Beato photographed the Crimean War in 1855, the aftermath of the Indian Rebellion in 1857 and the final days of the Second Opium War in China in 1860, later travelling with United States forces in Korea in 1871 and with the British in the Sudan in 1884-85.

He also spent many years living in Japan and then Burma, where his photography introduced the people and culture of the Far East to many in the West for the first time.

Felice Beato, pictured in about 1872, when he was based in Japan
Felice Beato, pictured in about 1872, when
he was based in Japan
In addition, he developed photography techniques that put him ahead of his time, despite the crude nature of equipment compared with today’s technology.

These included adding colour using methods learned from Japanese watercolour artists and creating panoramas by carefully making several exposures of a scene and joining them together for pictures up to two metres (6½ feet) long.

Although not born in Corfu, Beato lived on the island from a young age after his parents moved there from Venice.  Corfu was a British protectorate at the time, which made him a British subject.  Later the family lived in Istanbul.

Equipped with what was thought to be the only camera he ever used, bought in Paris, he formed a partnership with the British photographer and his future brother-in-law James Robertson and began his travels by heading to Balaklava in Crimea, where his photographs captured the destruction of the Crimean War, including the fall of Sebastapol in 1855.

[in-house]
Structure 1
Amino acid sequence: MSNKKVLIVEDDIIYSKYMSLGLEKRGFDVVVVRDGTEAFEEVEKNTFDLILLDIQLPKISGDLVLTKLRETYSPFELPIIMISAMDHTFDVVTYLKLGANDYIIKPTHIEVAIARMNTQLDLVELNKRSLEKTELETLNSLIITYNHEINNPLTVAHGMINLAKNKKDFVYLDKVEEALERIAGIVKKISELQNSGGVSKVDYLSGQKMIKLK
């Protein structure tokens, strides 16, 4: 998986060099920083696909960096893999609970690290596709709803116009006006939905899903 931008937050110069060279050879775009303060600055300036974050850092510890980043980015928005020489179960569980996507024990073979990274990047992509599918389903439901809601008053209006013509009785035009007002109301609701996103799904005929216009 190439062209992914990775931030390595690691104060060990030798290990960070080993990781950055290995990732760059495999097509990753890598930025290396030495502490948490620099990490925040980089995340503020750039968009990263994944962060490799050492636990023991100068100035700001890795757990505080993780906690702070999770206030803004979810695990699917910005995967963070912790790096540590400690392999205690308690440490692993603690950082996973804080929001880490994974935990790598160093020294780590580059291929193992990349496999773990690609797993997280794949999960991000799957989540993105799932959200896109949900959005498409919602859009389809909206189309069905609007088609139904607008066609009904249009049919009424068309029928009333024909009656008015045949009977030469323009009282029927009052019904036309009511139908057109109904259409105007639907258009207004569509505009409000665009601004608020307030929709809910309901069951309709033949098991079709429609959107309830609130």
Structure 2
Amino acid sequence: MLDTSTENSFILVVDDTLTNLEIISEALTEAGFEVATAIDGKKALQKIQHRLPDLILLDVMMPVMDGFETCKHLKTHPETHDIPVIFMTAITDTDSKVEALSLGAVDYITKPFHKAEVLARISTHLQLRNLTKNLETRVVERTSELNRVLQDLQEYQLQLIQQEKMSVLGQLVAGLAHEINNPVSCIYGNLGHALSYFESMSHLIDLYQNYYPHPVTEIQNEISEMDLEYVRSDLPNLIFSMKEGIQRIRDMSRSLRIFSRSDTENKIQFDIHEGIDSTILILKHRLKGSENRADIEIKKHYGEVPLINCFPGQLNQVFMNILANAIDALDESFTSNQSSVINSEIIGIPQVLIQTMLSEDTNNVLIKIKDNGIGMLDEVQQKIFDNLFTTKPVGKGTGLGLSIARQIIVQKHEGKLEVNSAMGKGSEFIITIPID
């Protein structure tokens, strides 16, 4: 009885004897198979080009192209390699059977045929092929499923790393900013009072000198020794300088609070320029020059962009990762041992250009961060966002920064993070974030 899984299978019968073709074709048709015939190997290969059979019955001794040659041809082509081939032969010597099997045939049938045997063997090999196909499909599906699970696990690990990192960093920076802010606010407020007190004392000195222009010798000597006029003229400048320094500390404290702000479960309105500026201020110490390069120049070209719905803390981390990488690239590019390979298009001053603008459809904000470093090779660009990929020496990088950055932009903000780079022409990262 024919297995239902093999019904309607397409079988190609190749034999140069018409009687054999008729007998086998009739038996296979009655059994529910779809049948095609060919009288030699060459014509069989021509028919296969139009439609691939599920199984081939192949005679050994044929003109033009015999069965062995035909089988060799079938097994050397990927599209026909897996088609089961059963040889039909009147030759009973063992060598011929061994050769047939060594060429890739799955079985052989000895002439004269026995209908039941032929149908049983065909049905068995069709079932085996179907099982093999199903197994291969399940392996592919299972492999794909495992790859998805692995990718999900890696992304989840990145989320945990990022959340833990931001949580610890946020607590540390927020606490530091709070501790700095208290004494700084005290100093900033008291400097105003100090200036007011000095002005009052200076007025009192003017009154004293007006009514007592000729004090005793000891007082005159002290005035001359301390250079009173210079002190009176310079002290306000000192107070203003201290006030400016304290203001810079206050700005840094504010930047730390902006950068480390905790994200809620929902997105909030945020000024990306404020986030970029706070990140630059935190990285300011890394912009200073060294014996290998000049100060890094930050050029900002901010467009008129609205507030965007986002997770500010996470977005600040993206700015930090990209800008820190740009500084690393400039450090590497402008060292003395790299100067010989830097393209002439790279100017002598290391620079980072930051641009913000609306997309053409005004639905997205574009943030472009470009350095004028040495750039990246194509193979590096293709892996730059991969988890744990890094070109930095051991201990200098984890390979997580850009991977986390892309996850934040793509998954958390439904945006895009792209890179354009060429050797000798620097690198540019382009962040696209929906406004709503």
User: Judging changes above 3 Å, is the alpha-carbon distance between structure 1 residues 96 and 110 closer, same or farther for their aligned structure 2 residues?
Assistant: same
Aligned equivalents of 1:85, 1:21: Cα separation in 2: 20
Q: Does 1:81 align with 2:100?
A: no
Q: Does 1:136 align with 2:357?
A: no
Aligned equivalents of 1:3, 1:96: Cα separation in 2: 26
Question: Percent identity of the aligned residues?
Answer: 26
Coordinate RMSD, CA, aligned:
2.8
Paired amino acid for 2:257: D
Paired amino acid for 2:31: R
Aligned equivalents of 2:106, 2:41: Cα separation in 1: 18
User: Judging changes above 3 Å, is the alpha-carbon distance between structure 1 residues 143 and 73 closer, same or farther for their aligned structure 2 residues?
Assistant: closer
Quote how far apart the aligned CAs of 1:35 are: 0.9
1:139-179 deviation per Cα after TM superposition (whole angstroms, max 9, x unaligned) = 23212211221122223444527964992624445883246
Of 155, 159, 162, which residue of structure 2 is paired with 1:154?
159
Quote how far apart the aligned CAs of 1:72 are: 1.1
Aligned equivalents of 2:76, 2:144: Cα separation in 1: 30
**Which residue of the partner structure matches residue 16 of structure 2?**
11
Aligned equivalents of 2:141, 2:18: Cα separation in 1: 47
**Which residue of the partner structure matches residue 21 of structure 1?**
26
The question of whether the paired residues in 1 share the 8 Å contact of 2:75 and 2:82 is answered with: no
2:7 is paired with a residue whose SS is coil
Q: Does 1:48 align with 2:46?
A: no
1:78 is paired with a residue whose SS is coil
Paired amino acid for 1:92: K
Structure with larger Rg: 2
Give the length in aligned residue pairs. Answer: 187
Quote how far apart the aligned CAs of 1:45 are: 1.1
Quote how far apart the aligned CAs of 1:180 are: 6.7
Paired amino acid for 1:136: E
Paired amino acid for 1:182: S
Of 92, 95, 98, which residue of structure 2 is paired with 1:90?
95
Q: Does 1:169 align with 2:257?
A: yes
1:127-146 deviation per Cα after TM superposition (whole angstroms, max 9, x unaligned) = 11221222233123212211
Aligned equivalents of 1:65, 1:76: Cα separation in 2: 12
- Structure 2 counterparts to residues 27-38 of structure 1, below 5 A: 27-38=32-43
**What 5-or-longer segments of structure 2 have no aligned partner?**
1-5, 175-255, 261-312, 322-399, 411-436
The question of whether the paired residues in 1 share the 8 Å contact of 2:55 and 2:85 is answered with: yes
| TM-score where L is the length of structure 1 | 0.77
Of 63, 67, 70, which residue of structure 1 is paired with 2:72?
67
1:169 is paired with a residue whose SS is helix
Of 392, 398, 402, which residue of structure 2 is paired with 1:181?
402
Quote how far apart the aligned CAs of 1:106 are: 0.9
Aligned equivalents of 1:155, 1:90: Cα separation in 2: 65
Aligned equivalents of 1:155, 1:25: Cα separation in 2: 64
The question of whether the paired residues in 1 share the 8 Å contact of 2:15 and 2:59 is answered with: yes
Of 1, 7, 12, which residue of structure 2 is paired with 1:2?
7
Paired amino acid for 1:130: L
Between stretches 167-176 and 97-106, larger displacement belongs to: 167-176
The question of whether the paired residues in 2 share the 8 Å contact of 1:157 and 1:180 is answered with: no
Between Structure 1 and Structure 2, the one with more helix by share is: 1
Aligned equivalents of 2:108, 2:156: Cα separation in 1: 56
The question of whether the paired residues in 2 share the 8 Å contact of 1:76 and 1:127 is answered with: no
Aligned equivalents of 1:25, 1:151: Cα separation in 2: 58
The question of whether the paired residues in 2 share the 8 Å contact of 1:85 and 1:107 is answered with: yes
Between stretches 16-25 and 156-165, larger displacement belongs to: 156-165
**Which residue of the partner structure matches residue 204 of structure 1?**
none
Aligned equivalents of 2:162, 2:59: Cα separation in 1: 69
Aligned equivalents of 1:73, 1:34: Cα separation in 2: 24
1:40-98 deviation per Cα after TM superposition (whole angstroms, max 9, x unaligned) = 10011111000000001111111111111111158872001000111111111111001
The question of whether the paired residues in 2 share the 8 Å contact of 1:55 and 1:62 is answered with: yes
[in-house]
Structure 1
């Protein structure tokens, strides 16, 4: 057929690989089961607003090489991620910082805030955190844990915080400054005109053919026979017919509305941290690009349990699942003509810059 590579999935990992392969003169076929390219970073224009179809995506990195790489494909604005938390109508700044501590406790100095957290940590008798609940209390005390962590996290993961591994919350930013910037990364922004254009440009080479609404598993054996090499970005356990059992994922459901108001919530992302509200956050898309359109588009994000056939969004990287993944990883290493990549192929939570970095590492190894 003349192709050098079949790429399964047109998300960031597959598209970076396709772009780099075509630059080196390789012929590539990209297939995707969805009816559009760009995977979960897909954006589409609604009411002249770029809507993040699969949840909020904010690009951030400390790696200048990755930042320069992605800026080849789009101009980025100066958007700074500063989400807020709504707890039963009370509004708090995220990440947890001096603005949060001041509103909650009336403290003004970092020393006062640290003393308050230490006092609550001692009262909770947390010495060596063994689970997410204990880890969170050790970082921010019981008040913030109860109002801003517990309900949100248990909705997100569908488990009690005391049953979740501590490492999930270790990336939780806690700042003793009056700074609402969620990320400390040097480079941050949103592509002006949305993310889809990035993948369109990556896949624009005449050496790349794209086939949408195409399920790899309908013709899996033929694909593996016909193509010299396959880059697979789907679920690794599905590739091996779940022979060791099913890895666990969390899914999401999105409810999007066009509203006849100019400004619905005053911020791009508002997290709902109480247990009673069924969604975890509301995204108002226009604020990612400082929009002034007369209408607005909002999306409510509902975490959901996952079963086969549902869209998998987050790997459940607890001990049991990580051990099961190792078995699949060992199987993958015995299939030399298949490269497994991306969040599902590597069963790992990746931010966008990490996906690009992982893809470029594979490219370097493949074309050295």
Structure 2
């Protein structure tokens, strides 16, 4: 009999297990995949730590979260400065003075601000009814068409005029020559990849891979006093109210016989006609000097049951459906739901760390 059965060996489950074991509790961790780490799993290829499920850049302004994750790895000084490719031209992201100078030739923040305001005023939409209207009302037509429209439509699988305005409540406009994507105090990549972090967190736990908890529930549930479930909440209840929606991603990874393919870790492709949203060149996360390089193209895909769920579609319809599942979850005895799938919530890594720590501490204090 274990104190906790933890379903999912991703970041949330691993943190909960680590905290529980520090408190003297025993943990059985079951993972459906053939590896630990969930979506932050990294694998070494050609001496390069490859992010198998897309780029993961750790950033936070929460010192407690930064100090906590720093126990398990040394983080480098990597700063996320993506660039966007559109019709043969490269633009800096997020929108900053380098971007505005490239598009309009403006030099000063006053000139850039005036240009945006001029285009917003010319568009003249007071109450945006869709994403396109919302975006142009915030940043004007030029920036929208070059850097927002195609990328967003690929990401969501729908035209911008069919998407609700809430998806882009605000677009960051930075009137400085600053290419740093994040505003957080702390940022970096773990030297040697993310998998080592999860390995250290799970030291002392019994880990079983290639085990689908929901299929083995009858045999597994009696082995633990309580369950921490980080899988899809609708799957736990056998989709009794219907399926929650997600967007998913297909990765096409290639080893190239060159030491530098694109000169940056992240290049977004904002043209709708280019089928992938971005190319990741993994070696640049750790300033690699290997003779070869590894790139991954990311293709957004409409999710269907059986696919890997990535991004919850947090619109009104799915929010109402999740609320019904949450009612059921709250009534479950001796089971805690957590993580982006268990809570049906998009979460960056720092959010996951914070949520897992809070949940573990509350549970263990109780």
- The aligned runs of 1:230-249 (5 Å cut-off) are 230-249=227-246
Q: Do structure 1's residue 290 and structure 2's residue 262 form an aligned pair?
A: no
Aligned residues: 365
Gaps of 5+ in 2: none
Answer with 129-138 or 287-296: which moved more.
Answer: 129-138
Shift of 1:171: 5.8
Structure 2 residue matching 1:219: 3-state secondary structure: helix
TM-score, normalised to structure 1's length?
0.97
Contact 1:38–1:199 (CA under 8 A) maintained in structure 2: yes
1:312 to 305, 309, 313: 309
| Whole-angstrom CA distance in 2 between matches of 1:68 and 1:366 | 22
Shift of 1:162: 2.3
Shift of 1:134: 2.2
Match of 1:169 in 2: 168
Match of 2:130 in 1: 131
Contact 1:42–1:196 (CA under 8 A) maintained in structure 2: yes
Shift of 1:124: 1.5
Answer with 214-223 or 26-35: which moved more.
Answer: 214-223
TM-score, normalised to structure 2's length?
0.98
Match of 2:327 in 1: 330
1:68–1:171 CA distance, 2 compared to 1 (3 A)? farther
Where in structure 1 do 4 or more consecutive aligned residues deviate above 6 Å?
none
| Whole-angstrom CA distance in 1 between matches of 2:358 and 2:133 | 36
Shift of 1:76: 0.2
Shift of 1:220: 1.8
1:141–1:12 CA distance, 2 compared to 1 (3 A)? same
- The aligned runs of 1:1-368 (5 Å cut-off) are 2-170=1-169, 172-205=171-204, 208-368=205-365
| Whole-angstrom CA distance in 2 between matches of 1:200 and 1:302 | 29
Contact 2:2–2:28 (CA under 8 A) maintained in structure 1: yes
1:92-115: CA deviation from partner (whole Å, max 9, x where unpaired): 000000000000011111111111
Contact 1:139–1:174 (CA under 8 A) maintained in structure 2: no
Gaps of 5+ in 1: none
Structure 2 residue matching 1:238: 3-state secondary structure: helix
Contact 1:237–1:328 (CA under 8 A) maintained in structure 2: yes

From there they went to Calcutta to observe and photograph the country in the wake of the Indian Rebellion of 1857 and in 1860 on to South China to photograph the Anglo-French military expedition in the Second Opium War. Beato’s pictures there were the first to document a military campaign as it was unfolding. His pictures of dead Chinese soldiers brought home the horrors of war as never seen before.

After travelling to London in 1861, where he raised funds by selling many of his photographs, he ventured to Yokohama in Japan, where he formed a new partnership with Charles Wirgmann, an illustrator with whom he had worked previously.

A street scene in Nagasaki in Japan in around 1868
A street scene in Nagasaki in Japan in around 1868
The move began a new chapter in Beato’s career. He compiled albums of Japanese photographs, including portraits, cityscapes and landscapes, and despite restrictions imposed by Japan’s military dictatorship was able to reach parts of the country into which few Westerners had been.

Unlike his work in India and China, which tended to underline the might of British imperial rule and paid little attention to the indigenous population, he was keen to introduce the Western world to Japanese people and culture and many of his photographs were of local people going about their daily life.